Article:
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Not Just a Magazine

(“Turning neighborhoods into communities.”)


If there’s one thing we’ve seen in our consistent travels, has been the gradual breakdown of “community” in this country.


Neighbors used to know neighbors.


Neighbors used to really know neighbors.


People would walk about the neighborhoods, stopping regularly at various front porches to talk with neighbors, at length, about the “stuff of life.” The sense of community was palpable.


And as these relationships grew, there was more of a proclivity to rally to help each other.


There were more neighbors, not just parents, at the Little League games. More school levies passed because neighbors, not just parents, were interested in helping the schools because for their neighbors’ kids’ sakes. There was, in effect, a “strong sense of place” in these neighborhoods.


Not so much anymore.


Now solid, three-dimensional community building, continually competes with a one-dimensional world of television and computers. With air conditioning, people are also often now inside instead of on their front porch. And a lot of Little League stands are a lot emptier, and school levies fail a lot more.


N2Publishing magazines are intended to reverse some of this trend. They are designed to get the “stuff of life” dialogue going again – and, in turn, community strengthens in kind. That simple.


And this “stuff of life” is divided into a number of different categories in the publications. The following are some of the section headings.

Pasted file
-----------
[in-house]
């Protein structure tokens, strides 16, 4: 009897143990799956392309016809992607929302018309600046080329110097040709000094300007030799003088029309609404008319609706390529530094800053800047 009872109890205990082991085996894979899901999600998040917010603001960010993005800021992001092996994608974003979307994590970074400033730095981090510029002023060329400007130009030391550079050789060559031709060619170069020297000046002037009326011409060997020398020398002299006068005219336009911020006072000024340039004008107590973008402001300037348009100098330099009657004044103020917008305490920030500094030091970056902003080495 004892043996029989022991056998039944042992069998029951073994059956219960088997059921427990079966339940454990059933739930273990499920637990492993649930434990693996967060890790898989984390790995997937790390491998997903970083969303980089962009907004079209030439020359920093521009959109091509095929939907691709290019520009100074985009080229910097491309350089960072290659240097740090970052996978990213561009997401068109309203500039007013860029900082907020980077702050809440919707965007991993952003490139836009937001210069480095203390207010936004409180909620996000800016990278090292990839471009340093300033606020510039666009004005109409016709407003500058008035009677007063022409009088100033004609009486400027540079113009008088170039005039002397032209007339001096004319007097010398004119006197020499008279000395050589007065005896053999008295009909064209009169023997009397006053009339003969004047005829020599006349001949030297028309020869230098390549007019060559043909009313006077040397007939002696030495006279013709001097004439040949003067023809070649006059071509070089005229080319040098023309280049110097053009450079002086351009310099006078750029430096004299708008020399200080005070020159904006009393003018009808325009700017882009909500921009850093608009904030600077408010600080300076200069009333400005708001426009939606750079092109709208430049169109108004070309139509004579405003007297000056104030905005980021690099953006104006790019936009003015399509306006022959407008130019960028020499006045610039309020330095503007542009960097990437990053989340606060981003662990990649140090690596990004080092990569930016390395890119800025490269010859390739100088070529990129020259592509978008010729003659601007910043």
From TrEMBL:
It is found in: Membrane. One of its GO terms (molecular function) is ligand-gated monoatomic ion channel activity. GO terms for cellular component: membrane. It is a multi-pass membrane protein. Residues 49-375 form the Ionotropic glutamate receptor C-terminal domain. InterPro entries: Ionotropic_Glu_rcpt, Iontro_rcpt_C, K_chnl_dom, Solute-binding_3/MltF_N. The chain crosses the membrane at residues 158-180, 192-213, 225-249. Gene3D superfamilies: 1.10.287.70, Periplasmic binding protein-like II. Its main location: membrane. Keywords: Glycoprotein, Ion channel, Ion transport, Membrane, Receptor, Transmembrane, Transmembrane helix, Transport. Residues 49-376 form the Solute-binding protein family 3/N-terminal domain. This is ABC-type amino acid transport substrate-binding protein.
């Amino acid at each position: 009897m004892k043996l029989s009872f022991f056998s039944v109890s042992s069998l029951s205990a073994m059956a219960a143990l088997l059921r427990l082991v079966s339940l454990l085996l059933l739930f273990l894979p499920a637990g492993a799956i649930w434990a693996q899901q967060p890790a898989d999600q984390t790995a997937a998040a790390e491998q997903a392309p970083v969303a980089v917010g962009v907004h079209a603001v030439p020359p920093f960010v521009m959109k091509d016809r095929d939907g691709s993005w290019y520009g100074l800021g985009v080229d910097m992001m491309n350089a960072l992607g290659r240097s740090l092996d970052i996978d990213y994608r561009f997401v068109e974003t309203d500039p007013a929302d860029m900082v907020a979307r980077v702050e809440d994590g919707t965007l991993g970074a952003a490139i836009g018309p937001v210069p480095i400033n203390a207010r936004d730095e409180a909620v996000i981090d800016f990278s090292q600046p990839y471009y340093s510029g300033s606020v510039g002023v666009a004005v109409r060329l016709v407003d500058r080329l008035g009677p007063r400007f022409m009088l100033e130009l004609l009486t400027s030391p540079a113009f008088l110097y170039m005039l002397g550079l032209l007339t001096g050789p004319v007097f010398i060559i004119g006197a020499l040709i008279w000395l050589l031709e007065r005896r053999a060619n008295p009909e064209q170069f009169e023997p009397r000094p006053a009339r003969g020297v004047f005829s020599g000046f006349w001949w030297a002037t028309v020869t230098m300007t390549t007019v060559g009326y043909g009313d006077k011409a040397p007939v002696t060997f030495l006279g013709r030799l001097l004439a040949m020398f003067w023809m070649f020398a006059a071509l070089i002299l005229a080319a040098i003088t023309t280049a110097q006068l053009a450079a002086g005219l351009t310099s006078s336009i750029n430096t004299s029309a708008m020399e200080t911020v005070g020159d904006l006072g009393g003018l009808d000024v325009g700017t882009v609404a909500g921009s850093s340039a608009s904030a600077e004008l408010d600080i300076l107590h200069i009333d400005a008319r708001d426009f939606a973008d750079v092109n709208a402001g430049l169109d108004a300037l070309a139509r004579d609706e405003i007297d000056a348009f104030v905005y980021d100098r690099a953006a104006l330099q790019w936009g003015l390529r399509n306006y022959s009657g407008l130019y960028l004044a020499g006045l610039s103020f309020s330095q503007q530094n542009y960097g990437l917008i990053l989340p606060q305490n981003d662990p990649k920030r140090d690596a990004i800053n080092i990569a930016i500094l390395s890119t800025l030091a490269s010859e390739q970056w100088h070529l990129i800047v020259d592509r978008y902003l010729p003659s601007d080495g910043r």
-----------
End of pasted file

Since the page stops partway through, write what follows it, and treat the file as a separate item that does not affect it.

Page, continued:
Click each heading for a sample story from Liz’s magazines.



Meet Your Neighbor

Young Achievers

N2 Neighborhood Events

Out & About

Precious Pet

Yard of the Month


*Note: N2 Publishing is a relatively new publication. Most of their magazines, at this point, are in relatively affluent neighborhoods across the country, primarily because advertisers are more willing to commit based on income levels of those in the circulation market. However as time goes on, because of what an impact this does have on stimulating stronger community, middle class neighborhoods, and even low income neighborhoods, hopefully will have similar publications.


As an example, during our campaign travels we stopped in Wichita, Kansas, where we learned about “Go Zones.” The city has been subdivided into 15 block neighborhoods, with their own Neighborhood Councils, safety committees, and so on… What’s more, churches here are twinned with suburban churches to create more help. An N2 Publishing magazine, or even a regular neighborhood newsletter for that matter, would be an excellent conduit in moving people closer together in these “zones.”



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